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The True Story of the Three Little Pigs (Picture Puffin) Paperback – October 31, 1991
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I Am: 40 Reasons to Trust God
Through Bible stories, short devotions, and prayers, children discover the meaning of each name and how it relates to their lives. Hardcover
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As with The Stinky Cheese Man and Other Fairly Stupid Tales, (another stellar collaboration by Scieszka and illustrator Lane Smith), children who know all the old stories by heart will delight in reading impudent new versions. Here, Scieszka's text is clever, savvy, and tabloid-quick, and Smith's stretchy-strange illustrations complete this funny, irreverent, thoroughly original tale. (Ages 4 to 8) --This text refers to an out of print or unavailable edition of this title.
From Publishers Weekly
Copyright 1989 Reed Business Information, Inc. --This text refers to an out of print or unavailable edition of this title.
Based on an original new story by J.K. Rowling, Jack Thorne and John Tiffany, Harry Potter and the Cursed Child is the eighth story in the Harry Potter series, and the first official Harry Potter story to be presented on stage. Pre-order the official script book today. Kindle | Hardcover
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Top Customer Reviews
The bottom line is that in his version, wonderfully illstrated by Lane Smith, the Three Little Pigs is the ultimate story of SPIN CONTROL. This time, unlike in a zillion other versions, the wolf is telling HIS side of the story -- what REALLY happened. And to hear him tell his story (with all of the familiar elements and a delicious economy of words) it's all a terrible mistunderstanding about his allergy, his desire not to waste food, and distortions by the press.
None of this gives any of this away, since the genius of this is not only in the conception, but in the TELLING of the story. Don't consider this just a book for kids. You can EASILY gift it to friends, relatives, favorite (and unfavorite) politicians and members of the media. It's the perfect late 20th-early-21st century retelling of the story, with the wolf as the poor misunderstood victim (of the police, the media, and his health etc). Just like the old Rocky and Bullwinkle cartoons, this works on two levels so the adults will be as delighted as the kids by this story -- which could easily have run as one of Mad Magazine's better pieces.
Get it for the kids, read it for yourself...and get ready to realize what a great gift this would be for adults of any political persuasions. LOVED IT so much...I hate to give this to the kids! Kids of ALL ages will love this story, whether you read it to them or they read it themselves (so will the kids under 40 years old).
Yes indeed, there is always another side to a story! A. Wolf explains his side of the classic tale in an almost plausible and sympathetic way. It was all an accident! It wasn't his fault! He didn't mean to sneeze those flimsy little houses down, and now would you have him walk away from a perfectly good ham dinner?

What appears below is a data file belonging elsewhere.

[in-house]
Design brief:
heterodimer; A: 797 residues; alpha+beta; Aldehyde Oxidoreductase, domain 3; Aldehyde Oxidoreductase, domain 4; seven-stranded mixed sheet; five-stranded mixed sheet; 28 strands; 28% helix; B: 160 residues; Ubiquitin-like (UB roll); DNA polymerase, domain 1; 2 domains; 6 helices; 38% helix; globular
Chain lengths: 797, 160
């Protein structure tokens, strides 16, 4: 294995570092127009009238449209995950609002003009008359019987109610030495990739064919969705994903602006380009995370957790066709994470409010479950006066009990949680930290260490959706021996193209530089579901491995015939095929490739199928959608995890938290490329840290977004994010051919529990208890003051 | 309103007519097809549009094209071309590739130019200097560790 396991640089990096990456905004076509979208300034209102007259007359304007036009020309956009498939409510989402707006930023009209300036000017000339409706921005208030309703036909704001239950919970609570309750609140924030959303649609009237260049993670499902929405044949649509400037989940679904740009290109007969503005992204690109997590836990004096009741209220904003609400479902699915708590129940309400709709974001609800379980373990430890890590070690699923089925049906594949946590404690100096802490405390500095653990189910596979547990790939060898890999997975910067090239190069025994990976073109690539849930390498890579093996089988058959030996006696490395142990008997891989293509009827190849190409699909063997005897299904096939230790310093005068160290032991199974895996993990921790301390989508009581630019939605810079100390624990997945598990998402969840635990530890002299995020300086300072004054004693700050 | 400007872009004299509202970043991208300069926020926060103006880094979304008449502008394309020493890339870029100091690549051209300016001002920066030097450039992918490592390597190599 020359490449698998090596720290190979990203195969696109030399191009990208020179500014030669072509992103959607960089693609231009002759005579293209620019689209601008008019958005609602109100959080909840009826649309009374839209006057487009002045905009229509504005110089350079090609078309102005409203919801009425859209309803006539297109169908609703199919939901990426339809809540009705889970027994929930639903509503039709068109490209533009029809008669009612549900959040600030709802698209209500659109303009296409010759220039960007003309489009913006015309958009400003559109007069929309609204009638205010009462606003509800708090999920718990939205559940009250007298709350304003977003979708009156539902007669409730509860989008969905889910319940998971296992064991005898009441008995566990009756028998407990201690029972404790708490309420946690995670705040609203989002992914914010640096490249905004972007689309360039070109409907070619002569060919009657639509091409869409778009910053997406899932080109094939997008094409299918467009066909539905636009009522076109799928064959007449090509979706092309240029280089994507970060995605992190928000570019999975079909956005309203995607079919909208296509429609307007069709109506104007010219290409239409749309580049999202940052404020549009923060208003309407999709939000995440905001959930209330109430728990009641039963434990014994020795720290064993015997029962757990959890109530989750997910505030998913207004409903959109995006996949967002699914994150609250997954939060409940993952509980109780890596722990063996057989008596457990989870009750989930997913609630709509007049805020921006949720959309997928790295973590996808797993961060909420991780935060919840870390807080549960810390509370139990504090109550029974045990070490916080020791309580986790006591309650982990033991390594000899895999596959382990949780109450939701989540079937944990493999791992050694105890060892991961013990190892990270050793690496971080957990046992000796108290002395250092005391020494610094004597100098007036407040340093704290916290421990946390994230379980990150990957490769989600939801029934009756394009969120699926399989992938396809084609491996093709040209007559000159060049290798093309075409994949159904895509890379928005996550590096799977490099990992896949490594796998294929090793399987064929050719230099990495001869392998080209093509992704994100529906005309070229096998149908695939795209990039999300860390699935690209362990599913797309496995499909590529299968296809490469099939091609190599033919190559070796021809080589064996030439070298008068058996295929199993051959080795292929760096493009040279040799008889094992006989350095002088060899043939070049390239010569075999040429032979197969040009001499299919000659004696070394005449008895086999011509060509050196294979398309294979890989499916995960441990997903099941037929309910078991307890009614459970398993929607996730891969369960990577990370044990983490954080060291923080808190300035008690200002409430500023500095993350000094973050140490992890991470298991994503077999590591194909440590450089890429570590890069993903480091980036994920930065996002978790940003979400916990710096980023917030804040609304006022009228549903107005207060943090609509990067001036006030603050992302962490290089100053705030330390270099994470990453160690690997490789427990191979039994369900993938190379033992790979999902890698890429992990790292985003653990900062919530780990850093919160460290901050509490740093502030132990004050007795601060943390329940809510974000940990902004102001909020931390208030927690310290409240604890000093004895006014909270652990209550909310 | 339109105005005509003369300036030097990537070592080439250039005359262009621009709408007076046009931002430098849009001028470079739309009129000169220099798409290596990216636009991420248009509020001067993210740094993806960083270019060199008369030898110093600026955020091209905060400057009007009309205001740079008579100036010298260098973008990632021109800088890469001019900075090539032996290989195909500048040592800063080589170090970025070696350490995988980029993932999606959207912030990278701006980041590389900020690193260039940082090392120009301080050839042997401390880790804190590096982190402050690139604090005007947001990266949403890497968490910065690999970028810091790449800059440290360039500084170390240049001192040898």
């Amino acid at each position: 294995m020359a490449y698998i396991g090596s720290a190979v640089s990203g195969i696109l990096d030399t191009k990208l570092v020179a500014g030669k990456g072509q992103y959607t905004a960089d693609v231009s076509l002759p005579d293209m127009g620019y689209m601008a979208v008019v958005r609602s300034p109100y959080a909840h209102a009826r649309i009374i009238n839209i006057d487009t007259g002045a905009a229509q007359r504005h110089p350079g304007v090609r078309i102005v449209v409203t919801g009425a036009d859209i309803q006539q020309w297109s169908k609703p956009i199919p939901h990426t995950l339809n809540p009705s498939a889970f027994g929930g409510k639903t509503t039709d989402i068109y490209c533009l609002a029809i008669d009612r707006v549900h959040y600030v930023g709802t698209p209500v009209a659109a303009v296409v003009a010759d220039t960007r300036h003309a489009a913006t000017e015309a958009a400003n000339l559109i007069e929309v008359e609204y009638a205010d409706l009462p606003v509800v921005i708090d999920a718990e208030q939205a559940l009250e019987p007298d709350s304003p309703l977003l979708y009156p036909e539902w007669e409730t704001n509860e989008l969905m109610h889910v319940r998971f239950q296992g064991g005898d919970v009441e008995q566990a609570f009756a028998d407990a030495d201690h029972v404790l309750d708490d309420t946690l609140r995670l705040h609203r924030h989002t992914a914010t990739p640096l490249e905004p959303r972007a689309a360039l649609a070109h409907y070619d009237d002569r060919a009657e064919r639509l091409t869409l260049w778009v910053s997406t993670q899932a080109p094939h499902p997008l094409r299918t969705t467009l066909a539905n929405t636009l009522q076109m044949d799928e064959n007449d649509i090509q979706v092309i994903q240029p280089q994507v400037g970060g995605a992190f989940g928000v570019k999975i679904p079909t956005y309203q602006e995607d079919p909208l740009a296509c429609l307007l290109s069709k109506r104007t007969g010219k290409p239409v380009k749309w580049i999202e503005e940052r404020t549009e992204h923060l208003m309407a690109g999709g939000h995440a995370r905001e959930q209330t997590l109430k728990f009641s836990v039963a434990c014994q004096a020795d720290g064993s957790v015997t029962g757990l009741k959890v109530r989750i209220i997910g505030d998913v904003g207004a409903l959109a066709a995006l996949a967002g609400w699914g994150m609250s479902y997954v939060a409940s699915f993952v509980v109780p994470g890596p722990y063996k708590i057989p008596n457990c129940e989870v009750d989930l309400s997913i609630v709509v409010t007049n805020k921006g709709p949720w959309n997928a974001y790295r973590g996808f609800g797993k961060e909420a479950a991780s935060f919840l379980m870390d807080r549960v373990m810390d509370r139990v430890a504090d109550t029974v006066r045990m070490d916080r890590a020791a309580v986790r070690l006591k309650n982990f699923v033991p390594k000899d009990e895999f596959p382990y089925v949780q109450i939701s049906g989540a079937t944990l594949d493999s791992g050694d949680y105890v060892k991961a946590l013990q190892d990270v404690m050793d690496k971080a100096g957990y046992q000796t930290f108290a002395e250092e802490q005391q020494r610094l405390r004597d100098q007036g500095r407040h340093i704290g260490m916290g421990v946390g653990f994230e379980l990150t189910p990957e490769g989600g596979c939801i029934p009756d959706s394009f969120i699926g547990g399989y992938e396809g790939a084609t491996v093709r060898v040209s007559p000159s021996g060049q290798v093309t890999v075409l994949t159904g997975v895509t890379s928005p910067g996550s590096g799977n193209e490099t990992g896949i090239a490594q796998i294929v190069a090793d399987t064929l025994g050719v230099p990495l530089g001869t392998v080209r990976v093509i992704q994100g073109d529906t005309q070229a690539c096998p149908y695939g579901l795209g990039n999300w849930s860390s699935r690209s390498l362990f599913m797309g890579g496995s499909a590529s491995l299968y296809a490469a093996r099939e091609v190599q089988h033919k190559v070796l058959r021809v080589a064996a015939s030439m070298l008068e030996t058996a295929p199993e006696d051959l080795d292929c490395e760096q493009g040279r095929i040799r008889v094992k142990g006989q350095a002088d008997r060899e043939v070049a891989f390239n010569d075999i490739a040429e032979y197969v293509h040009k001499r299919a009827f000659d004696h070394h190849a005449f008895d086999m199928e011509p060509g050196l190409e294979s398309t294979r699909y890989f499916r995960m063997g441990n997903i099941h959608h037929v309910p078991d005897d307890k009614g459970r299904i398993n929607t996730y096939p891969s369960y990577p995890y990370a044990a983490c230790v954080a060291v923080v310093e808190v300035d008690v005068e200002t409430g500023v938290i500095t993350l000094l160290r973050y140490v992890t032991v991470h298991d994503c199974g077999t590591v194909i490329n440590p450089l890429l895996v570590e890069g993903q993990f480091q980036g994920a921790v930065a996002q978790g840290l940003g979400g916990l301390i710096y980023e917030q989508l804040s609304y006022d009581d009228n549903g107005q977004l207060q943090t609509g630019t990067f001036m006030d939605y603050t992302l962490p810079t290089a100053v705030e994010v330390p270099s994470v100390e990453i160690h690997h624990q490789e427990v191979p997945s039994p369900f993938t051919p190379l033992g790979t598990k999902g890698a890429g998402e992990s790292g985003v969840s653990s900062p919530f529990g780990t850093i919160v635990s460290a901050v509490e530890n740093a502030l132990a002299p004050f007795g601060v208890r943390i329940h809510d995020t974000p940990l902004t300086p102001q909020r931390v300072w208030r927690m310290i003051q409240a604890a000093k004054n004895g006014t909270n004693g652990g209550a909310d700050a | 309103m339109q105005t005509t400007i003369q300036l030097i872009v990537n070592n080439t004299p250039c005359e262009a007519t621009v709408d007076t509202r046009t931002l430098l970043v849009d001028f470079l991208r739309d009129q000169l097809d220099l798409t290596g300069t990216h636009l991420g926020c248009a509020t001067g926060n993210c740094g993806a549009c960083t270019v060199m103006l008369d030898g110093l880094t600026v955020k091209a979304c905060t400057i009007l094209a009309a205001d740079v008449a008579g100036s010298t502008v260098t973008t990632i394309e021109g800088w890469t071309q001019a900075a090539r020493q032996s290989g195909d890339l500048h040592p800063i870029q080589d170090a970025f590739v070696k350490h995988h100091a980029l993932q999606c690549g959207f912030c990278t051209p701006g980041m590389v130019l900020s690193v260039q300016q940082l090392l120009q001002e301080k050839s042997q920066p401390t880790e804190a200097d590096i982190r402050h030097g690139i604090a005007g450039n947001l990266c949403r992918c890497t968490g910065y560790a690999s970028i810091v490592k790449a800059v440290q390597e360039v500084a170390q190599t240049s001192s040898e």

This book is great fun to read, and the art contains amazing little extras that add another layer to the humor. Of course, the audience has to know the old version of the 3 Little Pigs story; not one of the modern, watered-down, nobody-gets-hurt modified versions...
A perennial favorite.
This book is a delightful story that lends itself to ridiculous levels of "hamming" things up when reading it aloud. Poor, poor wolf with the terrible cold that just needs to bake a cake for his dear old granny. Even my oldest child (12 yob) sticks around to hear me read this "one more time" to my younger children.
As Wolf puts it, the whole thing was just a big misunderstanding. One of those events that get blown way out of proportion. See, it's like this... the wolf was just looking to borrow a cup of sugar for his poor bed-ridden granny. He wanted to make a cake for her, but finding himself lacking the necessary ingredients he went to his nearest neighbor to borrow some. Now here's where it all went higgledy-piggledy. The pig (living in a straw home) didn't answer the door and the wolf had a bad cold. By pure bad luck he accidentally sneezed the home down and, in effect, killed the pig. Thinking it a bad idea to waste pork, the wolf ate the pig and decided to try another neighbor. And so it went until he got to the brick house and was shortly, thereafter, arrested. Poor poor wolfie.
Here's what you have to contend with if you read this book to l'il uns. Yes, you have a wolf eating pigs. Which is, to be fair, what wolves do. Now you never see the wolf actually put each pig in his mouth. And you never see the pig's faces prior to their devourement. So, frankly, how much worse is this than your average fairy tale? Trust me, the kids'll get over it.Read more ›
Most Recent Customer Reviews
I love love LOVE this book for my toddler. I bought it to teach her that there are always two sides to every story...(important life lessons from fairytales)... Read morePublished 3 hours ago by MzShayeBagz
THIS WAS MY GRANDSON FAVORITE BOOK. I GIFT THIS TO ALL THE CHILDREN FOR BIRTHDAY AND CHRISTMAS.Published 10 days ago by Amazon Customer
https://www.amazon.com/gp/product/0140544518/ref=cm_cr_ryp_prd_ttl_sol_3Published 12 days ago by Maureen Hogan
This story about the wolf's version of the "Three Little Pigs" that is so delightful to children and adults. Read morePublished 20 days ago by ShoCoco5
This story is so fun. I love when a well known story is flipped to the other characters point of view.Published 24 days ago by Vicki Noth